What is the mark of connoisseurs within cyclist enthusiasts?

A conversation that sparkled today in the group ride: what would make a cyclist a connoisseur over a padawan-cyclist? By the end of the ride we were not yet done, so curious what would the answer be around the world.
If I had to pick one, that to me makes a clear cut, are riders selecting a frame base on fitting and not being stubborn on a frame just cause they like it and then stick a 140mm stem or 30+mm of spacers.
A minor one would be having tested tubulars (and maybe then hâte the effort!), until you tried (good ones Veloflex or corsa speed, not Continental, butyl, stiff ones) it you haven’t really experimented how special they feel, corner, accelerate.
What about you?

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To me, it’s someone who rides for pleasure consistently and isn’t in it to impress anybody.


IMO, there is only one thing that matters….being smooth on the bike. Anyone can buy equipment, etc. but being smooth on the bike and being a “good wheel” is the hallmark of an excellent rider.


Using a giant titanium schlong to hold your GPS.


I agree. The equipment you have is far less relevant than the type of rider you are. I’d pick a smooth rider that can hold a line and isn’t a jerk over anything else any day.

To me the title “connoisseur” implies that you somehow knows what is better than something else and that your opinion is better than someone else’s. The examples listed are a perfect example. The implication is that,for example, tubular tires are “better” somehow. The ride might be a little nicer but the giant pain in the rear that they are far overrides any benefit. I’ve ridden tubulars and I’ve also spent hours patching flats, re-stitching the seam, and reglueing. Definitely NOT worth it especially compared to modern clinchers. So the connoisseur in me says “tubulars suck”. Anyone that disagrees is clearly some sort of caveman with completely unrefined tastes :joy:


The connoisseur manifests him/herself by posture, comportment, and smoothness on the bike - which can take years to develop. When you see a rider with an exemplary, smooth stroke, rest assured that person has been in the sport for a while. Naturally you’d be a connoisseur too, by recognizing the person’s attributes. those aspects are irrespective of bling or brand name; riding a nice bike sure helps, but the rider doesn’t necessarily need to be astride a $ rig to reveal the level of involvement in the sport. As for knowledge of the sport (history, tactics, main riders, names of races, etc), that is a different proposition.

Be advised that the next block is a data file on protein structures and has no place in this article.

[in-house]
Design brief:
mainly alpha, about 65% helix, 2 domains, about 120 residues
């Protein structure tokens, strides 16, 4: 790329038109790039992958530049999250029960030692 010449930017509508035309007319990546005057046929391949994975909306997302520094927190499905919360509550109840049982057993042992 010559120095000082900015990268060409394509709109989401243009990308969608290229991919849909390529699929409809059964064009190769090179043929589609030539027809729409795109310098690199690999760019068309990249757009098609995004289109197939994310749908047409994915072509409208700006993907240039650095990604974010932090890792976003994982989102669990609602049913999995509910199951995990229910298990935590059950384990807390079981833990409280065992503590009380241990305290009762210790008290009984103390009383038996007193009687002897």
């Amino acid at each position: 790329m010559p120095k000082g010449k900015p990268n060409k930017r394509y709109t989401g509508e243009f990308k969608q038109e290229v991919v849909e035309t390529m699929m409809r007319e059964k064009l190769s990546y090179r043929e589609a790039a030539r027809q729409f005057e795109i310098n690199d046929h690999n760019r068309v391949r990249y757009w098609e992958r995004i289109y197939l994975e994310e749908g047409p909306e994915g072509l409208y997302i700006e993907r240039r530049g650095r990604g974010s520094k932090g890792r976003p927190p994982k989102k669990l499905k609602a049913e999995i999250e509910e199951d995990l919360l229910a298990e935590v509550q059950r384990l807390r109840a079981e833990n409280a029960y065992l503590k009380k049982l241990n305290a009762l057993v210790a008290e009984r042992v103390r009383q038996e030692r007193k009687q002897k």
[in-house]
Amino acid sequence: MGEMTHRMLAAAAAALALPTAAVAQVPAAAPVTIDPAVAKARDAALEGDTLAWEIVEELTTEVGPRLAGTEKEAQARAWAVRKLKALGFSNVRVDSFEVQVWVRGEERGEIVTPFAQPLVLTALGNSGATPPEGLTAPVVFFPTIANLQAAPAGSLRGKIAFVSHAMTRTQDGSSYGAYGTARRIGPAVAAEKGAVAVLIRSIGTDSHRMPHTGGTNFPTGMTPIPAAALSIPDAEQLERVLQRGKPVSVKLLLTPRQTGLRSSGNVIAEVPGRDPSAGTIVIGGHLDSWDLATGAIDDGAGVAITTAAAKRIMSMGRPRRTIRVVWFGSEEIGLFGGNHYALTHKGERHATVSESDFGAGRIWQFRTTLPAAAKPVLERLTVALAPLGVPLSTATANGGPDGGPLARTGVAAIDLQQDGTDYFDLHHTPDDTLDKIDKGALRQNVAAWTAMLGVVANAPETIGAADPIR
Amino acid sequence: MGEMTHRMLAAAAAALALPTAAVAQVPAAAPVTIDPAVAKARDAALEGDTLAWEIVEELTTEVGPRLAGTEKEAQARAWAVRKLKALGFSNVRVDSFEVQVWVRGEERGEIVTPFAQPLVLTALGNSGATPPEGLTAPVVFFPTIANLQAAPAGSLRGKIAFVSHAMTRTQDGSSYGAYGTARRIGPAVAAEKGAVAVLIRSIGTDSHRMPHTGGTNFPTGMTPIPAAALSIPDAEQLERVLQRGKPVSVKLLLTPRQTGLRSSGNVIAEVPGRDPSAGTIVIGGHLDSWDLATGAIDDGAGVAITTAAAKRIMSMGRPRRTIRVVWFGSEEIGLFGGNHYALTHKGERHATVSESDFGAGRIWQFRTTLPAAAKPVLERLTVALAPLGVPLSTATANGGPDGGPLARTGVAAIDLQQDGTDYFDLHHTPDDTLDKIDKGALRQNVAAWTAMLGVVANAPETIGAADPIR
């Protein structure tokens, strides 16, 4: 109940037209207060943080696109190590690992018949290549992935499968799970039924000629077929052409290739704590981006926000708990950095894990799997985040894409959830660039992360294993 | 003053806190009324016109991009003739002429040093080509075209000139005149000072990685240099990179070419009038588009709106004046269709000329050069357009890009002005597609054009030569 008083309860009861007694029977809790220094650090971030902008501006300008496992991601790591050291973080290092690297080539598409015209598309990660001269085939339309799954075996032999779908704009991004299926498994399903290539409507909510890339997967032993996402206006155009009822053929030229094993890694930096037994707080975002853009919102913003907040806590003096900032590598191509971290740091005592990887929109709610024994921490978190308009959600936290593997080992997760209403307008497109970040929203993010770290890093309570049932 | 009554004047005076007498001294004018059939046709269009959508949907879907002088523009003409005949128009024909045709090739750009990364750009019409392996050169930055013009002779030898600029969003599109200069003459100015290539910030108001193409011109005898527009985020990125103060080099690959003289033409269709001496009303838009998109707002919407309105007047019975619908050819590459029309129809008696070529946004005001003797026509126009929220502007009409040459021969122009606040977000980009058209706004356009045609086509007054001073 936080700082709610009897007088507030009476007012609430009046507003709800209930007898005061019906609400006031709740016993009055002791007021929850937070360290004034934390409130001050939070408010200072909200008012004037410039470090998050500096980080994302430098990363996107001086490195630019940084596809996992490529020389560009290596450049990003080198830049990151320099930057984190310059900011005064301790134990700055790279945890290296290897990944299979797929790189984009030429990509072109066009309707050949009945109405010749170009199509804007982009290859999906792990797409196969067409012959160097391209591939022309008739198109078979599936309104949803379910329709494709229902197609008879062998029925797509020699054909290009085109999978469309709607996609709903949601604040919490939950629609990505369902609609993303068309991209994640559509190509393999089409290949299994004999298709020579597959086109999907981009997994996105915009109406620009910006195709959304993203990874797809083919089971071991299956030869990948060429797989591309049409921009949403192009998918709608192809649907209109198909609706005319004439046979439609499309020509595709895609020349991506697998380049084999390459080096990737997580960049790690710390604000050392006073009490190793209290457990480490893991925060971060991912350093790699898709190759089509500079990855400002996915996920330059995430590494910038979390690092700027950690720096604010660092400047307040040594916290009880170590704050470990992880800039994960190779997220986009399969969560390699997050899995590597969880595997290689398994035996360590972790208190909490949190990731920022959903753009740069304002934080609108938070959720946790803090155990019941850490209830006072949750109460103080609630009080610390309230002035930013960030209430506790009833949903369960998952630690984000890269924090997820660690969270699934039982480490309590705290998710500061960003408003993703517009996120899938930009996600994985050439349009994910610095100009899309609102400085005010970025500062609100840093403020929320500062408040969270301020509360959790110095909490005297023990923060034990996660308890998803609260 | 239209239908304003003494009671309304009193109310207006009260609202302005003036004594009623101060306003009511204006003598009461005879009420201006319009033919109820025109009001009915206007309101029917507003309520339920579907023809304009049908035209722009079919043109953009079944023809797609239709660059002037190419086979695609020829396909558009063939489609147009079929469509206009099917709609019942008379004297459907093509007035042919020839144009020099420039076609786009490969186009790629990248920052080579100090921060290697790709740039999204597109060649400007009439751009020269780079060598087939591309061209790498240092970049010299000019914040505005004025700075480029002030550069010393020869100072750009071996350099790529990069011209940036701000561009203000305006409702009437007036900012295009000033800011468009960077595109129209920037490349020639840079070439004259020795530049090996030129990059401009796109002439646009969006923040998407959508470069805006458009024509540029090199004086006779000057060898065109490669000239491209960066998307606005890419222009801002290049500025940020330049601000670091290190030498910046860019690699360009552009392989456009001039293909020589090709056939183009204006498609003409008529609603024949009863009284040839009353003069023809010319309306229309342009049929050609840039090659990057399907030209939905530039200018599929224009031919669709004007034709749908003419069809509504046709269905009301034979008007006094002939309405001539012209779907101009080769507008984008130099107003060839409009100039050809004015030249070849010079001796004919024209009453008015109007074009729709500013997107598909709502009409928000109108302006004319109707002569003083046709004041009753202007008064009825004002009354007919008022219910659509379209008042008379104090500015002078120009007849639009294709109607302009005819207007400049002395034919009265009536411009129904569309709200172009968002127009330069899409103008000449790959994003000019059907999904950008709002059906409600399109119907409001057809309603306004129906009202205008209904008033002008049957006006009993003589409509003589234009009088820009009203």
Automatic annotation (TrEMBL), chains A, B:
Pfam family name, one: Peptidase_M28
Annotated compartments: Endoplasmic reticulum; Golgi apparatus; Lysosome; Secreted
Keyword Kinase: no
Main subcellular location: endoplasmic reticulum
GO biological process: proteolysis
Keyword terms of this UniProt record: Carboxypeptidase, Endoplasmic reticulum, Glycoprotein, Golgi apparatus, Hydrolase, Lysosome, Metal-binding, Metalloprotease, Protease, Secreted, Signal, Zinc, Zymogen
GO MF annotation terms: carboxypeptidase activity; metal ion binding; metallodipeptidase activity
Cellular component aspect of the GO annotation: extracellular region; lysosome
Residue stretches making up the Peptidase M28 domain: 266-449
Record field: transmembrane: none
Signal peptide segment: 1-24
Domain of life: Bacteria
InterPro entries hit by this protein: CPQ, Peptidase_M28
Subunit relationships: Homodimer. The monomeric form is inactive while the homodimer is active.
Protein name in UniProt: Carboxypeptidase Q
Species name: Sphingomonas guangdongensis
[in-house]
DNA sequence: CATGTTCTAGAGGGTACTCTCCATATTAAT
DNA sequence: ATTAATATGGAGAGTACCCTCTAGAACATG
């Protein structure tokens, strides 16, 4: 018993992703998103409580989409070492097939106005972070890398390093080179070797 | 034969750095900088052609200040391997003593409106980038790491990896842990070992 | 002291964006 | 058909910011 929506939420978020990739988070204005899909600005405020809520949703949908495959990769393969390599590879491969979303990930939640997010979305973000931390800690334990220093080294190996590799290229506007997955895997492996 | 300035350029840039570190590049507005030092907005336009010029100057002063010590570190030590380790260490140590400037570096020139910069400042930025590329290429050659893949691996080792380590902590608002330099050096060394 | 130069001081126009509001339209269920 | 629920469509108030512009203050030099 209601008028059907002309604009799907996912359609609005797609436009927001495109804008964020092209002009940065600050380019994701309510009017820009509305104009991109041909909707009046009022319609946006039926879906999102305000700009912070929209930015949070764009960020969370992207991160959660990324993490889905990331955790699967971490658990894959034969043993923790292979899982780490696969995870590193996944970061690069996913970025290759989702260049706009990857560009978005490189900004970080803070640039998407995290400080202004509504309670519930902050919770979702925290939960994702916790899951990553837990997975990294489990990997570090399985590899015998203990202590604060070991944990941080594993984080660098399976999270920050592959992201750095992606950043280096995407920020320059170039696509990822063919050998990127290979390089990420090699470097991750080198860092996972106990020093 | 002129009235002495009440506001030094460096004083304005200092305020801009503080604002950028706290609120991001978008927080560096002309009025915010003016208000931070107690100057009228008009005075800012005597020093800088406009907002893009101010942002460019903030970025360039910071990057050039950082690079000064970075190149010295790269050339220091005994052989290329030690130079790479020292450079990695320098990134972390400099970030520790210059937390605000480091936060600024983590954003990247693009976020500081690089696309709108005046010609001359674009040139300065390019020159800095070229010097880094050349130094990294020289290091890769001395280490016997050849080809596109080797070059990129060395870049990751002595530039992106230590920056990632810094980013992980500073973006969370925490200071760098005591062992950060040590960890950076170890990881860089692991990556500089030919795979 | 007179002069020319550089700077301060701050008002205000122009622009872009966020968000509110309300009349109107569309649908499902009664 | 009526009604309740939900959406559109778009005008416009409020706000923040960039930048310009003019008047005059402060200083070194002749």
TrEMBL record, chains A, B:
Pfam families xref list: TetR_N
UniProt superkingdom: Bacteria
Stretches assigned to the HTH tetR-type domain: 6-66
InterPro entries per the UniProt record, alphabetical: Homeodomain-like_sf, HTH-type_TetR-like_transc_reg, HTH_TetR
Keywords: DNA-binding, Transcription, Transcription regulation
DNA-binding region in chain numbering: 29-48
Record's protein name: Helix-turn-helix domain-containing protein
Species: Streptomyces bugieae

This ^^^

I’ve seen overweight guys on $200 antique steel bikes that have it and 20 year-old super fit racers on $10k bikes that don’t even know what it is… how fast you are, how nice your gear is, how on your trend your kit is, none of that matters. Being confident, comfortable, and capable in handling your bike says more than anything else. It’s nice to look good on a bike but looking like you feel at home on your bike says more imo.


That these type of questions even exist is why I have a hard time liking cycling culture. In all other sports I practice I have never come across the type unwelcoming attitudes that seem to flourish within cycling. Either you have the wrong skills, or the wrong gear, not enough experience, not maintaining your bike enough or having too good bike for your capacity or whatever. In cycling there’s a million ways to not fit in.


I get your point, and it’s valid but I’d argue that the reasons we have all of these debates about what is correct/not correct in cycling is because the activity itself is so diverse. Since I’m Canadian, I’ll compare cycling to hockey. A non-professional cyclist can range anywhere from someone who commutes a few km per day to an ultra-endurance monster, from a leisurely paced rider who likes to take in the scenery, to a guy who goes out to hammer and barely looks up from the GPS dashboard. For the non-pro hockey player, the participation type is very narrow and everyone is effectively doing the same thing. Of course skill levels vary and we have the nuance of say pick-up hockey with no padding (aka “shinny”), and then a real game with officials on an official ice surface. But for the most part, hockey is hockey.